Looking for Luke: Using the Power of Narrative to #StopSuicide

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October 3, 2017 – Why Make Looking for Luke

Increasing public awareness of suicide is not an easy task. To truly grapple with the issue, we have to face some difficult and painful feelings. For these reasons, when we at the Clay Center for Young Healthy Minds collaborated to tell the true story of a young sophomore at Harvard named Luke, who tragically took his own life, we decided to turn to film. A film called Looking for Luke.

But why is it so important to tell this story? Why not create a pamphlet highlighting the epidemiology of suicide (i.e., the science behind it) and how to prevent it from happening?  

Do we need to tell Luke’s story? Yes, we do.  

We need to tell Luke’s story because we believe that narrative is key to building empathy and understanding. Much of the difficulty in grappling with the concept of suicide often stems from people’s inability – or perhaps even unwillingness – to consider suicide in terms of an individual’s unique narrative. Once we open ourselves up to another human being’s personal, relatable experiences, we can begin to understand what leads to suicide.

On the outside, Luke was a “sunshine boy” in the process of achieving his goals and dreams. He was mischievous, full of energy and extremely silly, as well as a U.S. Presidential Scholar, concertmaster for his region’s youth orchestra, and salutatorian and student of the year for his graduating high school class. Seemingly the best of the best. But after his sudden death, Luke’s parents read through his journals and talked to Luke’s friends to discover what he was struggling with on the inside.

Some might ask themselves whether the story behind someone’s suicide is best heard at all.  What if hearing it makes the subject of suicide too raw to be contemplated?  What if sharing the story romanticizes suicide?

The occasional avoidance of delving into personal experience when it comes to suicide goes beyond the average person on the street. Sometimes it’s even on the part of health care practitioners. Perhaps in an attempt to avoid the pain of these kinds of thoughts, we sometimes hear clinicians say they have “diagnosed suicidality.” In other words, they avoid the personal narrative of the suicidal thoughts: another case of simplifying suicidal thinking in order to make it less personal. This defensive maneuver might rescue us from painful emotions, but it also misses an integral opportunity. To understand suicide, we need to understand an individual’s story.

It’s true – the story told in Looking for Luke is heart-wrenching.

But it is also funny and warm and immensely emotionally evocative. To understand Luke – and to use his story to understand what leads to suicide – we need to allow ourselves to experience all of these feelings.  

Viewers of the film will find that Luke is questioning the meaning of his own existence. He is wondering about his faith. He is forming friendships and contemplating his responsibilities to his friends.  He is suffering from depression. In other words, Luke is human. As such, his triumphs and trials are familiar, and universal, even as they remain unique to Luke himself.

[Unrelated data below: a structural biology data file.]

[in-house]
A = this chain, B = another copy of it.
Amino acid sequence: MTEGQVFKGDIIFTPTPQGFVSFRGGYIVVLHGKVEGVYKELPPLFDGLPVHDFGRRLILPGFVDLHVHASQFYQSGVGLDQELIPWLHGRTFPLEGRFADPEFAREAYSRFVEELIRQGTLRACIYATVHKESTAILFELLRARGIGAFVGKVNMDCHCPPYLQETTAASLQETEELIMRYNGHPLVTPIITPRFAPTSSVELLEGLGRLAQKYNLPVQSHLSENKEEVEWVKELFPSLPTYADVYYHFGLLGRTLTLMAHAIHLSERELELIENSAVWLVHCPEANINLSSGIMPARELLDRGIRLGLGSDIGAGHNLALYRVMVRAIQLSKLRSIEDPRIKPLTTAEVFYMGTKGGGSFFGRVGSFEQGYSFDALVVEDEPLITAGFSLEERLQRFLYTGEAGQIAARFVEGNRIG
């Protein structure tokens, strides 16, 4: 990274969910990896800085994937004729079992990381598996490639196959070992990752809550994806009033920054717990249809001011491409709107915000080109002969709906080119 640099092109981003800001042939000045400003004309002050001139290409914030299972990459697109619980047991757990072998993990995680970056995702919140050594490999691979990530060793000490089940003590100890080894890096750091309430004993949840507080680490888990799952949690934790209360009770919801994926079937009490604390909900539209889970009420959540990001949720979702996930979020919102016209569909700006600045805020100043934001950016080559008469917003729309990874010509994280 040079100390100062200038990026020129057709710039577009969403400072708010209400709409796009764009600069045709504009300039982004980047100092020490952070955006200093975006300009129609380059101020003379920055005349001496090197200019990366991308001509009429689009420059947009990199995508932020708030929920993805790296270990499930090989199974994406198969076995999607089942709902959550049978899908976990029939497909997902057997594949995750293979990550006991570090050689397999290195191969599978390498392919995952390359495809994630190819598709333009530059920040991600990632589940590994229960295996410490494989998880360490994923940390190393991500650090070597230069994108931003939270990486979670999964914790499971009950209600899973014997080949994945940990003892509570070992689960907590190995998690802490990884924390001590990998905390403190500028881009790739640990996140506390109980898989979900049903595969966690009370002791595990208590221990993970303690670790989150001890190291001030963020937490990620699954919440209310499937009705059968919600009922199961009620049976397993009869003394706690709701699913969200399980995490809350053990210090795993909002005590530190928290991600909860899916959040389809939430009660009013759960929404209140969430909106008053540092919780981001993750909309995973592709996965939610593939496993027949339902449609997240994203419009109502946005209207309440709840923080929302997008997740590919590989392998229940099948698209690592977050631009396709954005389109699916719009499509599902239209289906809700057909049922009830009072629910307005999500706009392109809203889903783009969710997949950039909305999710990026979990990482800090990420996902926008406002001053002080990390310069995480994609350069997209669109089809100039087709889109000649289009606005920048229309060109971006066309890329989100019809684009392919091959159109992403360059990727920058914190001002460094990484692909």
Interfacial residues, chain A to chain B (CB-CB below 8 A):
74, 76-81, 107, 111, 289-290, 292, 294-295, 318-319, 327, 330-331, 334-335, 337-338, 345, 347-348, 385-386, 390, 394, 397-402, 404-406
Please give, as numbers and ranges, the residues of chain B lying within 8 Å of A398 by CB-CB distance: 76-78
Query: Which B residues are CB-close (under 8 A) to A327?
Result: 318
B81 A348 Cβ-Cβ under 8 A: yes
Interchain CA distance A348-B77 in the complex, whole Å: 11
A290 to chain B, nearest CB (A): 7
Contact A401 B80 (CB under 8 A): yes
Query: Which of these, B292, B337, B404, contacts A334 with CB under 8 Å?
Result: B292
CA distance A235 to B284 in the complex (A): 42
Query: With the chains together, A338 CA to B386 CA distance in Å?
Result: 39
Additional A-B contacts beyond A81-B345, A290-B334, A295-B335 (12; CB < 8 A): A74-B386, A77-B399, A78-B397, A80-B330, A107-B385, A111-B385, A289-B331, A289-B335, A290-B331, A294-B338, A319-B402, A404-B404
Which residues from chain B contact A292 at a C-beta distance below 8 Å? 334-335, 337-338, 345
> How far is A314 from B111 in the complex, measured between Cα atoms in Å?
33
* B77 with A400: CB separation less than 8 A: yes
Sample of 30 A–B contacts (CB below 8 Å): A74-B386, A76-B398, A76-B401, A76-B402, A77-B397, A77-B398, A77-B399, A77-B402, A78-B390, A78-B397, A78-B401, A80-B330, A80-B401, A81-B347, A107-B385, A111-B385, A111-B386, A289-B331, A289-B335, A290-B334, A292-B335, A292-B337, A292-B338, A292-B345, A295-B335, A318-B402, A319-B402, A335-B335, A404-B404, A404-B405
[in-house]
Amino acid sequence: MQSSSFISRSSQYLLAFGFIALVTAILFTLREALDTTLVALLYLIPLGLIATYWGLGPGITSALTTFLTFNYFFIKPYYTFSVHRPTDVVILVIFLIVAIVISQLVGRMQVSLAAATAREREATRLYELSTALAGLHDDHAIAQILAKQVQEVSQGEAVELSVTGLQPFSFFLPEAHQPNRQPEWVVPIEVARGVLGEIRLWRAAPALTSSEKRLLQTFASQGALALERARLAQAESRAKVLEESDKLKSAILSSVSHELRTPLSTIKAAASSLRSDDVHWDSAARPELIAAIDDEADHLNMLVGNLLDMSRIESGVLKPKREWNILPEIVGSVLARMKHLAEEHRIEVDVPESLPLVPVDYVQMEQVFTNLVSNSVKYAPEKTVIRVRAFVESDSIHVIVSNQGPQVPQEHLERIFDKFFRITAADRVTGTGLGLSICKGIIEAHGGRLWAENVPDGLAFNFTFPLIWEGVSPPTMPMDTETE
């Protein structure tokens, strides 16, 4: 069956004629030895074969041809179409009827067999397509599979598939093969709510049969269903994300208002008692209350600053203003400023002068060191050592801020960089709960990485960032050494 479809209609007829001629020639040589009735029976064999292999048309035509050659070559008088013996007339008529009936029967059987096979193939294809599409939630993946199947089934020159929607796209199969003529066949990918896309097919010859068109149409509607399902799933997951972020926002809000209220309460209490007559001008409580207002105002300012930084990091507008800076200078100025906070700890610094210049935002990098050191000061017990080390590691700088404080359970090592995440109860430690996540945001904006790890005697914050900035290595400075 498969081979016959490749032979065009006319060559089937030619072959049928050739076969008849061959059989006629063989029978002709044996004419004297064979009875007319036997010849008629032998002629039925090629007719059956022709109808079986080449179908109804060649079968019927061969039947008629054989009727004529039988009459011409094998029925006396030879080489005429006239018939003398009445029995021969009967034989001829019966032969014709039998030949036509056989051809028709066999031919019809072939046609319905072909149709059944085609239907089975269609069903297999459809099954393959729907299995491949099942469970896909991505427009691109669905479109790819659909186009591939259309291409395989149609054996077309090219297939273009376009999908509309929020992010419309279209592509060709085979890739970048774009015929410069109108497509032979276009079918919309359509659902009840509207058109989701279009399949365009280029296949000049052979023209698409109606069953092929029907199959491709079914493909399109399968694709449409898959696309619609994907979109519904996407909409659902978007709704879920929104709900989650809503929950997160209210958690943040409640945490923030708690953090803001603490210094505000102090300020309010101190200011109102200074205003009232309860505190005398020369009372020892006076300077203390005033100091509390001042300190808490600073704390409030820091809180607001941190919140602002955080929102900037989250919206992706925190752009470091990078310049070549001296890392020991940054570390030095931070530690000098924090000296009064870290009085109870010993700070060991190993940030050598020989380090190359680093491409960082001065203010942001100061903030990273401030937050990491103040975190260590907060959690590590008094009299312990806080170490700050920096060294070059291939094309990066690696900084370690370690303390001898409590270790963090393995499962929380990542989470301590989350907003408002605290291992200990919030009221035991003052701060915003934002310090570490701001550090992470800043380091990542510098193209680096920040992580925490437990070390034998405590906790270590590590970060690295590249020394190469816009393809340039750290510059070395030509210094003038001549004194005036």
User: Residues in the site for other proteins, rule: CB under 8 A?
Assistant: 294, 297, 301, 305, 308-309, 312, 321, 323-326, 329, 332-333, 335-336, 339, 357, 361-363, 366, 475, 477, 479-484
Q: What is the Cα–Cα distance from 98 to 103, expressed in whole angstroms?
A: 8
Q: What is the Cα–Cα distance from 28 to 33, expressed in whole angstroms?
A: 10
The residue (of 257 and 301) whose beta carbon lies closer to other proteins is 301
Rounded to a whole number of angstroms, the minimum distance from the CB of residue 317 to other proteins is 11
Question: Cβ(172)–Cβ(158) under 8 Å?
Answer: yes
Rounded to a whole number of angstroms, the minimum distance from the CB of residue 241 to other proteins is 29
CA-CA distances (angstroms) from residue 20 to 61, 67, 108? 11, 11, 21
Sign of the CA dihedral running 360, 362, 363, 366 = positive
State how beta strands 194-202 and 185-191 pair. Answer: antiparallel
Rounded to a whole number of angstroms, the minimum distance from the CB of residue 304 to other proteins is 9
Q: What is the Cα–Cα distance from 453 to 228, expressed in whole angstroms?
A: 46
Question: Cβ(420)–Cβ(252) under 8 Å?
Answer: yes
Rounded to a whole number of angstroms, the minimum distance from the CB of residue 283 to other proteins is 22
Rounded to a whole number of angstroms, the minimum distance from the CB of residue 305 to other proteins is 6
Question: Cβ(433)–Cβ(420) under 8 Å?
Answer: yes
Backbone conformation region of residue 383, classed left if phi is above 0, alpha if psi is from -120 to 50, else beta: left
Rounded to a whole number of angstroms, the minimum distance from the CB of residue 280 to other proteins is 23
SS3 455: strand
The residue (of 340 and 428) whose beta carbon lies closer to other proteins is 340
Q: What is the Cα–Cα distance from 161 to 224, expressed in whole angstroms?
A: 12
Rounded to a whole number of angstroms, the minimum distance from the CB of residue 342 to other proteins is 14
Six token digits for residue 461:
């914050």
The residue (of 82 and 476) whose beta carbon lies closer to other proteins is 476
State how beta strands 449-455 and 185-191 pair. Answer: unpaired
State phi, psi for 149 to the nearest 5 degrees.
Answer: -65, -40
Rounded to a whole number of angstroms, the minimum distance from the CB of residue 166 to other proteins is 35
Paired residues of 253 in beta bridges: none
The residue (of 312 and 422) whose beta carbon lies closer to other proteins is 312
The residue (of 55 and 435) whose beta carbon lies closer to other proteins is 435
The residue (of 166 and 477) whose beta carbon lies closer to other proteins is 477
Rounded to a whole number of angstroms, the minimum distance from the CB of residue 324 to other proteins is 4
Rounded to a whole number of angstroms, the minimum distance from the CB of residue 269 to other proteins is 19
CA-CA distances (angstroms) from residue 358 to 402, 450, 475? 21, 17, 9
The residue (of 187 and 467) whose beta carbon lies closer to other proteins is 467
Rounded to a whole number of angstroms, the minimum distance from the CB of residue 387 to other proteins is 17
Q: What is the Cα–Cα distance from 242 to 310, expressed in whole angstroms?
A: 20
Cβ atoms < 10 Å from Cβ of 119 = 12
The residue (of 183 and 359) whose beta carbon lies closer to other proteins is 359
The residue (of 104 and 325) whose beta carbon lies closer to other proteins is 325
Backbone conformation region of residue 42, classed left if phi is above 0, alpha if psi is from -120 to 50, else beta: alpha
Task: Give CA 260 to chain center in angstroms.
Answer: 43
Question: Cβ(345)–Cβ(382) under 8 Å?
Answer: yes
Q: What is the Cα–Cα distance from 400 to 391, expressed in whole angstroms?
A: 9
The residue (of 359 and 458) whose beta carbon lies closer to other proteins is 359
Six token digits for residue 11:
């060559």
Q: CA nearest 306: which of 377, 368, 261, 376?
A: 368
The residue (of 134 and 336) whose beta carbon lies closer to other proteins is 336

Like many families reeling from a suicide loss, Luke’s loving and caring family struggles with how best to make sense of their son’s struggles. Having lost their son, they expose themselves to the vulnerabilities he faced, and open themselves up to possibilities they hadn’t considered before.

In a sense, Luke’s story becomes their own, as they search for meaning while taking a journey through Luke’s past: one that opens their eyes and hearts to the realization that depression is a treatable, mental illness.

It is our hope that through this identification we can raise awareness to the issue of suicide in all populations.

Thinking about what goes into a person’s suicide is never easy.  We might even be tempted to oversimplify the experience in order to tolerate it.  Luke took his own life.  Why not just leave it at that?

As we hope this film demonstrates, we choose not to oversimplify because there’s so much more to the story. To raise awareness, we need to understand Luke, and to understand Luke, we need to find him—and the family and friends that knew and loved him—within ourselves. We are, quite literally, looking for ourselves. We are, at the end of the day, all of us, Looking for Luke.

To view a trailer of the film and learn how to attend a screening, click here.

For more information on how to support children and teens following a suicide loss, see AFSP’s Children, Teens, and Suicide Loss booklet, written in partnership with the Dougy Center, The National Center for Grieving Children & Families.

Schools seeking best practices for healing after a suicide loss in their community can look to AFSP’s After a Suicide: A Toolkit for Schools, produced in collaboration with the Suicide Prevention Resource Center.

Gene Beresin, M.D. is executive director of The Clay Center for Young Healthy Minds at Massachusetts General Hospital (MGH), a full professor of psychiatry at Harvard Medical School (HMS), and senior educator in child and adolescent psychiatry at MGH. Dr. Beresin is also executive producer of Looking for Luke.

Steven Schlozman, M.D. is associate director of The Clay Center for Young Healthy Minds at Massachusetts General Hospital (MGH), and an assistant professor of psychiatry at Harvard Medical School (HMS). He also serves as course director of the psychopathology class for the MIT-HMS Program in Health, Sciences and Technology. Dr. Schlozman practices child and adult psychiatry at MGH, where he is the primary consultant to the pediatric transplant service. 

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